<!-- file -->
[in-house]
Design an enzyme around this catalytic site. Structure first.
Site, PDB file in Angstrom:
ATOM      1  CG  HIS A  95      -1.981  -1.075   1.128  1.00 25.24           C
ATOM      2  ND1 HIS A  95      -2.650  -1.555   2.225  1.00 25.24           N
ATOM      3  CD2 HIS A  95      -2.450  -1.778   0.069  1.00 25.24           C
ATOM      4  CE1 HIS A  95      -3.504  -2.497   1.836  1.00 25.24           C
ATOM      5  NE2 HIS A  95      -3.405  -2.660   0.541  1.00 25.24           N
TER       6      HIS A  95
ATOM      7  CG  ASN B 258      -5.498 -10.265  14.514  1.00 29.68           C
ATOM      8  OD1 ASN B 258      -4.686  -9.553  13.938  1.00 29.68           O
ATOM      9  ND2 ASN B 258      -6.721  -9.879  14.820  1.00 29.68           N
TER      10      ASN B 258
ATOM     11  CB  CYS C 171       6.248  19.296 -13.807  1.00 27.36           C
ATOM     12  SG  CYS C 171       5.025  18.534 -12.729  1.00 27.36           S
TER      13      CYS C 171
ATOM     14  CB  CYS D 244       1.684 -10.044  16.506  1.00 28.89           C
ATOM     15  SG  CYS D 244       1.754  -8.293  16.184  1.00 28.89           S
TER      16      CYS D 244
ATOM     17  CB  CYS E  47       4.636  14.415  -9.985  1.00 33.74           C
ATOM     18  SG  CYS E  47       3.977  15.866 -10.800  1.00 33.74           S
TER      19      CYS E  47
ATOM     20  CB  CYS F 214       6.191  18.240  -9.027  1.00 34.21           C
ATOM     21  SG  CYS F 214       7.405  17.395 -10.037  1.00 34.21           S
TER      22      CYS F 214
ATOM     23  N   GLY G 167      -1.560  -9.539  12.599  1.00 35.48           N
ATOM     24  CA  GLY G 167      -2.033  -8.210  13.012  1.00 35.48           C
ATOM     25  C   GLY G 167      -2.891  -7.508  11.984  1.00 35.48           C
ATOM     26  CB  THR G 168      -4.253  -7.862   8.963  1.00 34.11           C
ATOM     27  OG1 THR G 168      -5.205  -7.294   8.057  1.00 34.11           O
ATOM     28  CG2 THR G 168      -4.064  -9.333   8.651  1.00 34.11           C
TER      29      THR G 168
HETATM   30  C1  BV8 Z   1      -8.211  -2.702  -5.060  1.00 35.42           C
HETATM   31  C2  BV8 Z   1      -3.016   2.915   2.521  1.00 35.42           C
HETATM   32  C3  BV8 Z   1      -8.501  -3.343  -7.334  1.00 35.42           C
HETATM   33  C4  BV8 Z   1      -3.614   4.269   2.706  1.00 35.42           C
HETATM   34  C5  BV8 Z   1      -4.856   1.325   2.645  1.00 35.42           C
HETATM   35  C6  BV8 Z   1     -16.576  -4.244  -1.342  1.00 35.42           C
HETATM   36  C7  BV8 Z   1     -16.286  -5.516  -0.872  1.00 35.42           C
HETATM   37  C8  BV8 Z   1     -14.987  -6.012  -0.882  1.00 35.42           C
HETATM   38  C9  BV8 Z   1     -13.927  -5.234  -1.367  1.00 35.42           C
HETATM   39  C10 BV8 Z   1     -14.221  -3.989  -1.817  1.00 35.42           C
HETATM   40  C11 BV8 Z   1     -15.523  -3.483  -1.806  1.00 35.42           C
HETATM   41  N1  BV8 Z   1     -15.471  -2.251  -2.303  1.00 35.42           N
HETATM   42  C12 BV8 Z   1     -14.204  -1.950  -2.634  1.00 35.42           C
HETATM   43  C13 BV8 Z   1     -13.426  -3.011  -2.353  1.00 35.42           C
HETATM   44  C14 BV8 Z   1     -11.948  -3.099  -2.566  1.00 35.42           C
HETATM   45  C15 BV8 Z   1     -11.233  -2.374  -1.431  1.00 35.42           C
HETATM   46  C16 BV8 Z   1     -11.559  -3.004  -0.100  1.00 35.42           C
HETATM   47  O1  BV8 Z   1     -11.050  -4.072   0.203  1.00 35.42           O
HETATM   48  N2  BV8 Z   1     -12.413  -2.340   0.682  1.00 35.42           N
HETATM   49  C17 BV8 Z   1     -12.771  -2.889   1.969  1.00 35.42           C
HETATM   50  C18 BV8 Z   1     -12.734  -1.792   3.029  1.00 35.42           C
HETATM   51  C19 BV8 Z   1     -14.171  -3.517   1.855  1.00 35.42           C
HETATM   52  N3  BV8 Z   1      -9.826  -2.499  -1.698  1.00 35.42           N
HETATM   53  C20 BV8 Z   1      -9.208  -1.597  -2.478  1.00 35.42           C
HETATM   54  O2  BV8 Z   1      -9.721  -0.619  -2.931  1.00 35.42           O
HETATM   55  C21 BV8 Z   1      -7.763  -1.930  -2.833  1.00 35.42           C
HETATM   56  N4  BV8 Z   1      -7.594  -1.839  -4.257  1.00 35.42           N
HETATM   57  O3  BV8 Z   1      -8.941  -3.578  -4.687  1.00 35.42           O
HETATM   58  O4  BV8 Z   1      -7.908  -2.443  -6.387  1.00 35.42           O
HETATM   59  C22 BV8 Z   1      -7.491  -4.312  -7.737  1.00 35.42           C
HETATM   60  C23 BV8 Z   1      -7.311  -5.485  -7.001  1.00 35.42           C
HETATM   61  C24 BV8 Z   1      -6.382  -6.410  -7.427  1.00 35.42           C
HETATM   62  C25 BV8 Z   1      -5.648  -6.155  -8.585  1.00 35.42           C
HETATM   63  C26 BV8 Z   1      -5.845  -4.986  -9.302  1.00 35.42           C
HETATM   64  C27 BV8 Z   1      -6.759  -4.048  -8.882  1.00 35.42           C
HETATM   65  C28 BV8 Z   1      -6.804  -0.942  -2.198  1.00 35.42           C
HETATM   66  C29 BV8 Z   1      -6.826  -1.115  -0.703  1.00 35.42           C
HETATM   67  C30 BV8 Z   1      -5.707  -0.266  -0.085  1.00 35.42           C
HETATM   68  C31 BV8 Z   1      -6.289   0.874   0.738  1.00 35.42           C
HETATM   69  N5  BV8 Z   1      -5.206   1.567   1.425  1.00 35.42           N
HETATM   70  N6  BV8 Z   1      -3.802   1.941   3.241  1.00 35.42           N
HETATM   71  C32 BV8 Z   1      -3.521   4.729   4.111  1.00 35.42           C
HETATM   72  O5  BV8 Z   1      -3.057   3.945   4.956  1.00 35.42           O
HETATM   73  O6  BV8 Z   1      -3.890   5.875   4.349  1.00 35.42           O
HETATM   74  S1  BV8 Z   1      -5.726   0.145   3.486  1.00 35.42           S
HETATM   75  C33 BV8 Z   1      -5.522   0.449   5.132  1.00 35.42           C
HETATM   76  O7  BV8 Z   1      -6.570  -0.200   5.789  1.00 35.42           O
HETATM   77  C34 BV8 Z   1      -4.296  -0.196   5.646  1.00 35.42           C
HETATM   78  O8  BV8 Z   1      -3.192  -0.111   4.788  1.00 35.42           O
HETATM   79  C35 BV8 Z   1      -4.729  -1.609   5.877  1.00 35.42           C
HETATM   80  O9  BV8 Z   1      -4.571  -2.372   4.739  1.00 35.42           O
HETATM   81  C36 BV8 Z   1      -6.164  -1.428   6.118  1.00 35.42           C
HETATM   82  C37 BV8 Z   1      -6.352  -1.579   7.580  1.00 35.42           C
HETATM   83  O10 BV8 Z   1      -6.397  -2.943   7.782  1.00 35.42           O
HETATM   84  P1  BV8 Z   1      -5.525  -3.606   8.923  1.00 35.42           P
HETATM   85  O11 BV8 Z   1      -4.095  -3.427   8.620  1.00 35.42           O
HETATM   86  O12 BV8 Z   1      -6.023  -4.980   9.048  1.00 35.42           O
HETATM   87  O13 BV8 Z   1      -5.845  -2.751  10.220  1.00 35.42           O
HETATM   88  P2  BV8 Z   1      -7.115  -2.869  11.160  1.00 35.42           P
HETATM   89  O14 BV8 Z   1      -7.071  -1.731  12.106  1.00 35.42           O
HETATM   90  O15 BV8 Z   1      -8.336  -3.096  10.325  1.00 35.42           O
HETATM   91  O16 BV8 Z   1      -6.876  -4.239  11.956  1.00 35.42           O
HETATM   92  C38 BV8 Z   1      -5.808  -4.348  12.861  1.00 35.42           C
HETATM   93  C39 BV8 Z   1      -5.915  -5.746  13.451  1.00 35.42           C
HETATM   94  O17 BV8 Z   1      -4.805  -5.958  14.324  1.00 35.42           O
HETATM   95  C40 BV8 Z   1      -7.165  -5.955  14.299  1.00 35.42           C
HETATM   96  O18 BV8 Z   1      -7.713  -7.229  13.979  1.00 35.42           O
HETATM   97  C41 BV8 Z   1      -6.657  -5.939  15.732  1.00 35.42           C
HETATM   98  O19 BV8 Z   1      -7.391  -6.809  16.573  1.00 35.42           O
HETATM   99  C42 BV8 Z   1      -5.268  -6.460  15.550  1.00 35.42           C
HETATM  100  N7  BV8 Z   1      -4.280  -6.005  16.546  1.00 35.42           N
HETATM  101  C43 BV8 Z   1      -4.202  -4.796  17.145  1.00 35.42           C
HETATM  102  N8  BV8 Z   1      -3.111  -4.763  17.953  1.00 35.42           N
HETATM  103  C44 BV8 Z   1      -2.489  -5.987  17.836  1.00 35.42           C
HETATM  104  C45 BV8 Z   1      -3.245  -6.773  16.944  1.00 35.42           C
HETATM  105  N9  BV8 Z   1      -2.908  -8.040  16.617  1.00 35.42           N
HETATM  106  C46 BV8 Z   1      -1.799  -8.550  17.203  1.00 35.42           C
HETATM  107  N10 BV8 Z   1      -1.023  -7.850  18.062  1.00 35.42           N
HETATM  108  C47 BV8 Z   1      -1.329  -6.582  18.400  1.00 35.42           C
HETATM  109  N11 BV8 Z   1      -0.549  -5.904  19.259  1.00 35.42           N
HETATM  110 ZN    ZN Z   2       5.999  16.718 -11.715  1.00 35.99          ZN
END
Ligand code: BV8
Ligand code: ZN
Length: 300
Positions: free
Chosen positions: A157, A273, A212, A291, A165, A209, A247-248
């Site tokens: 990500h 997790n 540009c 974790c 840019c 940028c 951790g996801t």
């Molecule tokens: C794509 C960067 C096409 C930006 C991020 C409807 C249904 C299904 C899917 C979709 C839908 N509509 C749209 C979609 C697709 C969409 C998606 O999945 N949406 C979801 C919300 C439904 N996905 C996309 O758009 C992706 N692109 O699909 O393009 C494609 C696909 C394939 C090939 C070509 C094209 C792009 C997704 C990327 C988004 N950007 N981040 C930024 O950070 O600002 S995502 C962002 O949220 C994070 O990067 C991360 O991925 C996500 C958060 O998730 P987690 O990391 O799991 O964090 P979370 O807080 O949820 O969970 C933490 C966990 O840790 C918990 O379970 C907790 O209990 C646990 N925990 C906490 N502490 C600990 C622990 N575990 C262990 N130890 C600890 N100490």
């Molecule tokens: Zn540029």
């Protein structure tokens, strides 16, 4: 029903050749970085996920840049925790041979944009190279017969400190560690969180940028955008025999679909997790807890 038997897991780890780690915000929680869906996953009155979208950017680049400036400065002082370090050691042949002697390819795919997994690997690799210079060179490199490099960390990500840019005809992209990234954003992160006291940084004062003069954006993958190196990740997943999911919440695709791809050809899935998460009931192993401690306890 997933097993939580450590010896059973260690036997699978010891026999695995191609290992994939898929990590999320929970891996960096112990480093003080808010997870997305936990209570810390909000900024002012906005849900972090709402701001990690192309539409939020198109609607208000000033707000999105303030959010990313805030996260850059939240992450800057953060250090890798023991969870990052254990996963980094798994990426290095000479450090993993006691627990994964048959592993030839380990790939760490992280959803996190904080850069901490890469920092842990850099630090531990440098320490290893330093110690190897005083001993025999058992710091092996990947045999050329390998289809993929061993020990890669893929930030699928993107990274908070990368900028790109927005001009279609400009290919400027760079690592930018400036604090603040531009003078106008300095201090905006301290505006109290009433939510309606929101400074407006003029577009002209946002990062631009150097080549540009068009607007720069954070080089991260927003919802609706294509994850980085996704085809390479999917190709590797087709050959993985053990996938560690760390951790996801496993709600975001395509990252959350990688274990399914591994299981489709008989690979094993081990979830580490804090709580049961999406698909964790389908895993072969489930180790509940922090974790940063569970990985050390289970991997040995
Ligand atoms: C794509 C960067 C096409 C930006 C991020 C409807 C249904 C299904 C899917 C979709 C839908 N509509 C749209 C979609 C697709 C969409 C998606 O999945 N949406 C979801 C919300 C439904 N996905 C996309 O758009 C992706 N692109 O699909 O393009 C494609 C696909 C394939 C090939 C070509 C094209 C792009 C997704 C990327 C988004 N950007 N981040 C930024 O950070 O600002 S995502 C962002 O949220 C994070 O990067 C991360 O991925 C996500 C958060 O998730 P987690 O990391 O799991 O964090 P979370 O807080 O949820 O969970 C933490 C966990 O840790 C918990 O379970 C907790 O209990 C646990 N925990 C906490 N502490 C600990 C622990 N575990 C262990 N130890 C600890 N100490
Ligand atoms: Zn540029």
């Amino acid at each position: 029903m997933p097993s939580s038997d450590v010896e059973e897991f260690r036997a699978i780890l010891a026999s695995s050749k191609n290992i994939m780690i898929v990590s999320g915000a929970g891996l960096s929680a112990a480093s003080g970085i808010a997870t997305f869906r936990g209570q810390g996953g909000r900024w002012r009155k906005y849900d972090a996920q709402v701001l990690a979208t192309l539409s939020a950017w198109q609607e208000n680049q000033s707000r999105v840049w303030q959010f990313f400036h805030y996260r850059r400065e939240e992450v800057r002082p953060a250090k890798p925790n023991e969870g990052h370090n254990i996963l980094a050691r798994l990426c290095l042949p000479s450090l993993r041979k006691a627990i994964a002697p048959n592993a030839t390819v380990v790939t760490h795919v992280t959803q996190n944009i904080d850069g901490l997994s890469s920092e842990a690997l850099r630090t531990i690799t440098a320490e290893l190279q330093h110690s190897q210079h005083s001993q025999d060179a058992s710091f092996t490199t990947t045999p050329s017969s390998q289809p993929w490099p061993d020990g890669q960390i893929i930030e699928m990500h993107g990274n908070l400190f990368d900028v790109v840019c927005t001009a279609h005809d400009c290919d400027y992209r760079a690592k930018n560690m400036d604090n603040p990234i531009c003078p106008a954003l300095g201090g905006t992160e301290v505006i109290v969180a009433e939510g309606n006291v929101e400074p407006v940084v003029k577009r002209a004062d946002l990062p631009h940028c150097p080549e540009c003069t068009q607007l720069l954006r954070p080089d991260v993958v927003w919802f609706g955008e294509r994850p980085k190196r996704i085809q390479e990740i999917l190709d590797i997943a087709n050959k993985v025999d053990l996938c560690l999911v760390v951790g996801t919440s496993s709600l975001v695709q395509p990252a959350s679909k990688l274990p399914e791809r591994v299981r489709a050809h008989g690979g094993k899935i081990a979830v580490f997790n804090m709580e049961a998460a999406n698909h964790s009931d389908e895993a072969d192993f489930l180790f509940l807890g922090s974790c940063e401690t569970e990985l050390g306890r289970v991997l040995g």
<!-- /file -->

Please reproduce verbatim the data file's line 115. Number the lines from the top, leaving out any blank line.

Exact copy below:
Ligand code: BV8